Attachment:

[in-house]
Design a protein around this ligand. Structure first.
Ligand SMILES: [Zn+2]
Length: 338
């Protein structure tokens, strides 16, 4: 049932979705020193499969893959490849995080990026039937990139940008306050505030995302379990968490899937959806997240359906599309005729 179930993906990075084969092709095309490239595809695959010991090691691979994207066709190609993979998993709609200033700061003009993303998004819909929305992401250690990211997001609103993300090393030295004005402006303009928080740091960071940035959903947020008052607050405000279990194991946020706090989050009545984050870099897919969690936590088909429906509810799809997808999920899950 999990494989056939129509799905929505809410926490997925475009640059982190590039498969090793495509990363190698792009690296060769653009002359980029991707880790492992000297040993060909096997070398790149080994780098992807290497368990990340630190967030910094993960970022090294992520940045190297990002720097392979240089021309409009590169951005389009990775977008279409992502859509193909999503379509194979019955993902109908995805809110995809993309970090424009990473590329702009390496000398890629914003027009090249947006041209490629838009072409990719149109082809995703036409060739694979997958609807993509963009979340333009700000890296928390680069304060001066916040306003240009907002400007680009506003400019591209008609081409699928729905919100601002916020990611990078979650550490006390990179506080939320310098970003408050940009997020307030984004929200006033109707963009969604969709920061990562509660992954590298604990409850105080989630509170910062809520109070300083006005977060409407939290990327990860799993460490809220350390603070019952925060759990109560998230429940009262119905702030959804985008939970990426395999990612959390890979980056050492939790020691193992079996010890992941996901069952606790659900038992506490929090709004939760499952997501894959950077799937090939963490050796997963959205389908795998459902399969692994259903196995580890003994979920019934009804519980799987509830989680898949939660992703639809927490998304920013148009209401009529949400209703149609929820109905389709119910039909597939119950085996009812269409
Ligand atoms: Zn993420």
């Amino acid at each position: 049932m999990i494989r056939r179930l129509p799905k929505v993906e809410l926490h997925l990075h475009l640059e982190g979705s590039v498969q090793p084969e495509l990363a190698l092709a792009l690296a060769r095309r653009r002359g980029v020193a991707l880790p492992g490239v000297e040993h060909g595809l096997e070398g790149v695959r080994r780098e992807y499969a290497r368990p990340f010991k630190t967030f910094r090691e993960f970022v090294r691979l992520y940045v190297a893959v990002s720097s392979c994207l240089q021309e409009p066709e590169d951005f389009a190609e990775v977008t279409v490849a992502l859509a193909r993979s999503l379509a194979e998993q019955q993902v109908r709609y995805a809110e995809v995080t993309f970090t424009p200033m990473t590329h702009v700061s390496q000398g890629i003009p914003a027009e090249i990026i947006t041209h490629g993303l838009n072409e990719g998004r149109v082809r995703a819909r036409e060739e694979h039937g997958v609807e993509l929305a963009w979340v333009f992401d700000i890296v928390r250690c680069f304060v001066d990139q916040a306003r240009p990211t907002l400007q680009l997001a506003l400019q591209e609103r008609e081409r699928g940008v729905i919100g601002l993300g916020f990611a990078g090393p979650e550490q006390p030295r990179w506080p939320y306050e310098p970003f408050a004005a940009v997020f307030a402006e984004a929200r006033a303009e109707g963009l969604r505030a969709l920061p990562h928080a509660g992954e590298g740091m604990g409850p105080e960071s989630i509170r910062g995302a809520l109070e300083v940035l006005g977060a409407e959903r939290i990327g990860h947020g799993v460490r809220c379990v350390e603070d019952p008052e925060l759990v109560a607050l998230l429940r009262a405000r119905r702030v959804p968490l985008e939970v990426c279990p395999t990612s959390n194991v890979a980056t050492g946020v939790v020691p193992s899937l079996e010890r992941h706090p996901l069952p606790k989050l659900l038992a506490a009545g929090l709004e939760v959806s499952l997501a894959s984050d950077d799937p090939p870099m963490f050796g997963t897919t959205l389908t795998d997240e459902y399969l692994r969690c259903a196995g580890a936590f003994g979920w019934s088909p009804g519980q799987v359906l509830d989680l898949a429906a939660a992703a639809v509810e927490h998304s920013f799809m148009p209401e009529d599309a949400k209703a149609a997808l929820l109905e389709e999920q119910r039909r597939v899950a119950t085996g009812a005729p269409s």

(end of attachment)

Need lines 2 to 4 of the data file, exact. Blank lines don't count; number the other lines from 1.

Design a protein around this ligand. Structure first.
Ligand SMILES: [Zn+2]
Length: 338